Throughout the six tracks of this CD he holds his own on bass clarinet and C-melody saxophone against the formidable power of Brötzmann's tenor and alto saxophones, clarinet and tarogato. Over in the brass section, Bauer's game plan locks in with the reed expositions from the other two, whether he's vibrating rapid-fire triplets, exposing staccato asides or extending gutbucket smears to their utmost.
Sounding at points like an out-of-control brass band, the three reach the zenith of creativity on the more-than 19,5-minute "Ducks Call". Here, the multi-layered and intertwining squeals, whinnies and reed pressure from both saxophonists widen polyphonic suggestions past the expected water-fowl-like tongue slaps. With all involved however it's up to the trombonist to prevent fowl from becoming foul. At points Bauer's multi-tongued solo accedes to triple counterpoint, before intersecting with the two reeds to maintain parallel parlando.
Although the reedists are initially apart - one uses a strident vibrato and flutter tonguing to outline the narrative, while the other overlays colored sound tinctures to comment on the progress, their tones soon grow closer. After C-melody and alto saxophones, then two clarinets are pressed into service for duck emulations. Trzaska and Brötzmann explore every corner of the tune, honking rough and nasal fortissimo drones at one another and eventually hooking up with Bauer's rubato tonguing. Following a Brötzmann-led finale of wide-bore snarls and glottal punctuation, the three fuse to expose layered harmonies that range from shrill to subterranean.
Other improvisations range from near bel-canto explorations to ragged deconstruction; with grainy brays erupting from all sides of the horn triangle. If Brötzmann uses false register timbres to outline a strident message then Trzaska responds with false register timbres and a low-intensity obbligato. Or if Bauer erupts into a paroxysm of tone spitting and valve scat singing, then his irregular phrasing is matched by unaccented lyrical lines from Brötzmann's alto or altissimo squeals from Trzaska's clarinet.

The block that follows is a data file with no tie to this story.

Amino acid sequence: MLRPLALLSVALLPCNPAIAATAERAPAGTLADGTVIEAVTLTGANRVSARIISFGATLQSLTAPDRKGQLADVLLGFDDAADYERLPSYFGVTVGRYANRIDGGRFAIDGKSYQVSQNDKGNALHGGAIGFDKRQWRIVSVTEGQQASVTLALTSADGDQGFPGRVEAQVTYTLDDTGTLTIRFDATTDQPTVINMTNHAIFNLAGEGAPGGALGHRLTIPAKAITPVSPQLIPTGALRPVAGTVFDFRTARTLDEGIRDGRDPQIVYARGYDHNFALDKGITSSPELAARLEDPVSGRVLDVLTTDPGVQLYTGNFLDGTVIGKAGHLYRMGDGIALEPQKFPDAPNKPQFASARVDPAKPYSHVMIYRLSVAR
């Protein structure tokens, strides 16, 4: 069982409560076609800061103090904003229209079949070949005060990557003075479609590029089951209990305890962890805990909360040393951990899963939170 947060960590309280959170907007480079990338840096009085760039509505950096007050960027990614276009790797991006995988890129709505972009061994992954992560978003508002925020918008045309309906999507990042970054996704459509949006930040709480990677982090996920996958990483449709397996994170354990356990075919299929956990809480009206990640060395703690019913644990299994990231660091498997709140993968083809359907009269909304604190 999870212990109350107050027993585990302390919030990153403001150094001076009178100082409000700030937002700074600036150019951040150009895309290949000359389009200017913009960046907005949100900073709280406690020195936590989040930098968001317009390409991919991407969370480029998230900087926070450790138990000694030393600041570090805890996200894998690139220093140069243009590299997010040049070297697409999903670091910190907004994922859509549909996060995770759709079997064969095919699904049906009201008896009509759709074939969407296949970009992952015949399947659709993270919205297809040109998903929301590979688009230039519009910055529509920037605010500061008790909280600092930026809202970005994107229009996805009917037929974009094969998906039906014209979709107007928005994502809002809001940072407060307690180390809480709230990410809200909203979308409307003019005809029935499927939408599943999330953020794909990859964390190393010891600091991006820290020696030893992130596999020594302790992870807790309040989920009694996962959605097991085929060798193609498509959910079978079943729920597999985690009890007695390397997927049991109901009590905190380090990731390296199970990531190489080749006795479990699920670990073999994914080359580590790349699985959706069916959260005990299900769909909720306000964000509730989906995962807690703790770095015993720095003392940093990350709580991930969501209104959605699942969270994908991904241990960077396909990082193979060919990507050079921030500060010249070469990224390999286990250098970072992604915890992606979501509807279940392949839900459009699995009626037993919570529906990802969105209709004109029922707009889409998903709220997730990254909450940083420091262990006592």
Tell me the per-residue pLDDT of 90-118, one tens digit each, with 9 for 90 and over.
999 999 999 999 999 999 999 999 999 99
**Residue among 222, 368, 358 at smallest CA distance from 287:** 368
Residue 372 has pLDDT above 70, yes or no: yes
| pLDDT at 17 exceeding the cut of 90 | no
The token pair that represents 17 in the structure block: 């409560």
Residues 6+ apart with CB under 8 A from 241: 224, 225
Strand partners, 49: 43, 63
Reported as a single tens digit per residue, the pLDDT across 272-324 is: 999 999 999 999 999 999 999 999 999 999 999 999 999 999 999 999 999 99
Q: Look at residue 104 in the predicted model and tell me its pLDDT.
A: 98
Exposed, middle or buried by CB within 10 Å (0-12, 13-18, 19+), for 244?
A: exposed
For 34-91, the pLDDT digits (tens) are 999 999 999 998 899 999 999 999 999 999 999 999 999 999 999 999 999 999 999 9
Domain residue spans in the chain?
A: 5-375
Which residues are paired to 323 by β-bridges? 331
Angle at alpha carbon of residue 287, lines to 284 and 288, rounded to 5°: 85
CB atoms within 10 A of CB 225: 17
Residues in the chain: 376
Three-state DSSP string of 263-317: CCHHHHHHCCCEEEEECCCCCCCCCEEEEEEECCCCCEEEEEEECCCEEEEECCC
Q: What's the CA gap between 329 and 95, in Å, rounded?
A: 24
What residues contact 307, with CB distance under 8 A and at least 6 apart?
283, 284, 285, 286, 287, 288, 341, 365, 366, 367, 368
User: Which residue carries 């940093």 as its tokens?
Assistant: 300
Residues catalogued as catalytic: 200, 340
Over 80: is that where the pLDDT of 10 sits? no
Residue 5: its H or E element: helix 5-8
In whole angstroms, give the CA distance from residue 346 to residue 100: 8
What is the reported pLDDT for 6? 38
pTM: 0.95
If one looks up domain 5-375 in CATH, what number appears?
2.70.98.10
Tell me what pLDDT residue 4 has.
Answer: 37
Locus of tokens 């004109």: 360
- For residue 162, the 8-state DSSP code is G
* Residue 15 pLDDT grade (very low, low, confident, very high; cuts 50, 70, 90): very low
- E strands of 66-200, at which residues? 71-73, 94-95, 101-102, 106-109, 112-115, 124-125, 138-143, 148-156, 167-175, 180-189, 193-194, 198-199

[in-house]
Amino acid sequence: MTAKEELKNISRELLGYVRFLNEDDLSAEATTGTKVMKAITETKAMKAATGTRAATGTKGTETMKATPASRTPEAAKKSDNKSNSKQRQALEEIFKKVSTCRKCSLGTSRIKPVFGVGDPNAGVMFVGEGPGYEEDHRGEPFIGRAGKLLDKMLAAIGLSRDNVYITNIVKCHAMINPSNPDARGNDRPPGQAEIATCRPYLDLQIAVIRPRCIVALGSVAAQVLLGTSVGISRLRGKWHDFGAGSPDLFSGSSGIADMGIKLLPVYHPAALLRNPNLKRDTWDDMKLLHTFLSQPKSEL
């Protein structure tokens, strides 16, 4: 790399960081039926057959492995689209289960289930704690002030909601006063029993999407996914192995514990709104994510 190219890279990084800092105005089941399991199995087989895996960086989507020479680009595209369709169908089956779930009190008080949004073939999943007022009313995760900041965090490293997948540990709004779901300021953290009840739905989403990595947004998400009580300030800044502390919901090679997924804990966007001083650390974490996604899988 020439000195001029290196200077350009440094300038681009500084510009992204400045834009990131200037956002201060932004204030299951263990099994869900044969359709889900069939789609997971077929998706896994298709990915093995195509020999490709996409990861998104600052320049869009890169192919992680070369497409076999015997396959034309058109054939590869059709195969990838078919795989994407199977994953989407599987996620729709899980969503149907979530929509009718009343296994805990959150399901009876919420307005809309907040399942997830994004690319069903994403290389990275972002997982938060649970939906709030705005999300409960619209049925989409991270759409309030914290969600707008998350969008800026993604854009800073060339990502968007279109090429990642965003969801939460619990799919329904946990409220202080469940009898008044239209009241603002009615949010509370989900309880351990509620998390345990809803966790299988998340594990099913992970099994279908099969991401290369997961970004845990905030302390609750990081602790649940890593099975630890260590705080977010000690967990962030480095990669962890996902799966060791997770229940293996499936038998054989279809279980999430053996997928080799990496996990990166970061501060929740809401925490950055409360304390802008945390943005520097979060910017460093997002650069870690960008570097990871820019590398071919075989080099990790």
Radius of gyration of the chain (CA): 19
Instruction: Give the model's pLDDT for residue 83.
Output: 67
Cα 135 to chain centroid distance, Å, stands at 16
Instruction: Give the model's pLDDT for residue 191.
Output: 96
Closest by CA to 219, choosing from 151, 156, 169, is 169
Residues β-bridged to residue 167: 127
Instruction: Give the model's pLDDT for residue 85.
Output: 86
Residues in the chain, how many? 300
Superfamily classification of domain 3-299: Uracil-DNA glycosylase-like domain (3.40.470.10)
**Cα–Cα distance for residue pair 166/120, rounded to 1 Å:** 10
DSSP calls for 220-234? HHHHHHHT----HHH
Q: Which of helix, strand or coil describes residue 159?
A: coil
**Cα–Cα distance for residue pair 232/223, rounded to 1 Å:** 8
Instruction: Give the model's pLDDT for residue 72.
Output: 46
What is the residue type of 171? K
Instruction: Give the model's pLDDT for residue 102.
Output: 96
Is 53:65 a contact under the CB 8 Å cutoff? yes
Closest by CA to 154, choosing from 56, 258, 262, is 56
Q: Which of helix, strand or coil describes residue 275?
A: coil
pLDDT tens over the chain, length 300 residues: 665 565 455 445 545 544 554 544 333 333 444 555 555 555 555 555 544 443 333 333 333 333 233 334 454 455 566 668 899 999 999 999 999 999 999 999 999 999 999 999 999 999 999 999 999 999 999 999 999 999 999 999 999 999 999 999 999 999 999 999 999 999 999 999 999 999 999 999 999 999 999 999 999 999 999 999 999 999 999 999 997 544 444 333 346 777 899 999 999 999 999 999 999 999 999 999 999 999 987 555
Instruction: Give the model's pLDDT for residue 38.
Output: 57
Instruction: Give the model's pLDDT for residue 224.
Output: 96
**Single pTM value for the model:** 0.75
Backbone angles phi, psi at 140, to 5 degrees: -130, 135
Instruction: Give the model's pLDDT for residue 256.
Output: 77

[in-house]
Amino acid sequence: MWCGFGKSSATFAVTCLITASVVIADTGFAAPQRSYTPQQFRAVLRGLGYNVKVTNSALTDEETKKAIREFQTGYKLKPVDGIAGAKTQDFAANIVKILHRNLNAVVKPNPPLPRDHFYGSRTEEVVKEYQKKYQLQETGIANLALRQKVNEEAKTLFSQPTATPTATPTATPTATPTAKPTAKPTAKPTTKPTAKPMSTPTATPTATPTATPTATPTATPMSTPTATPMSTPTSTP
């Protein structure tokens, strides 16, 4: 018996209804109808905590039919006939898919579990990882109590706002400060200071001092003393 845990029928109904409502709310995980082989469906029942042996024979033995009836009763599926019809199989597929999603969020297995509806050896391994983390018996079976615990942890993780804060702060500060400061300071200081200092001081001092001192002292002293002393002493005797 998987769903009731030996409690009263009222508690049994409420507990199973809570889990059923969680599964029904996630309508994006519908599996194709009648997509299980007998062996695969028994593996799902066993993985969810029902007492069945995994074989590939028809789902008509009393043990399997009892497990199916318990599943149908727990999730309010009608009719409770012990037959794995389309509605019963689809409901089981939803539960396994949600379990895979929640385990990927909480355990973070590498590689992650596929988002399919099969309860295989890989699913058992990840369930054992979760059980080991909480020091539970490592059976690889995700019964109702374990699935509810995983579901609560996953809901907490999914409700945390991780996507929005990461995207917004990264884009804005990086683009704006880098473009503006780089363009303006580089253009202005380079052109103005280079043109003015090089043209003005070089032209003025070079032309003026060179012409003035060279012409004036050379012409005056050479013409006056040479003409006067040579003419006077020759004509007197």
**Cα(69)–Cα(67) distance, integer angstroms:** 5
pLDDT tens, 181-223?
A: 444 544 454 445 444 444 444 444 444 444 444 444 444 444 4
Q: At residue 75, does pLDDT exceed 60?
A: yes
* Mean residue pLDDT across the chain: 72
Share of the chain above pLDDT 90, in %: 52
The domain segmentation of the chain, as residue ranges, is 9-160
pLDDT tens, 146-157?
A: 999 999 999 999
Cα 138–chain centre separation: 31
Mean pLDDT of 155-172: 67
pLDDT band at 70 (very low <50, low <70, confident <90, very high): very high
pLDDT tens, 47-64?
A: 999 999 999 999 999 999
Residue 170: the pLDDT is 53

Of course the German saxophonist obviously felt he couldn't attribute all the inventive glottal punctuation to wild fowl. "The 'Albert is Missing' Signal" which wraps up this live session is both a homage to Albert Ayler and a change for Brötzmann to shudder, spit and vibrate variants of his glossolalia-touched, and Ayler-influenced playing. Beginning a capella, hes joined first by the Polish saxophonist and then the German trombonist for a thorough examination of contrapuntal split tones, then close-knit harmonies until an extreme altissimo squeak ends the session.
No attempt at flipping anyone the bird, this instance of all-horn improvisation captures three canny sound makers at the height of their power(s).
(Ken Waxman)

Biography

Born: March 6, 1941 in Remscheid, Germany

Genre: Jazz

Years Active: '60s, '70s, '80s, '90s, '00s

Nearly four decades after his death, the legacy of Albert Ayler is plain — a plethora of reed-biting aural contortionists bent on exploiting the saxophone's propensity for making sounds that resemble a human scream. Many such players, unable to play anything resembling a coherent melody, rely instead on the extreme manifestations of the Ayler technique; their playing is more often than not a randomly executed wall of energy and emotion-driven white noise. Peter Brötzmann, on the other hand,...
Full Bio
Goosetalks, Peter Brötzmann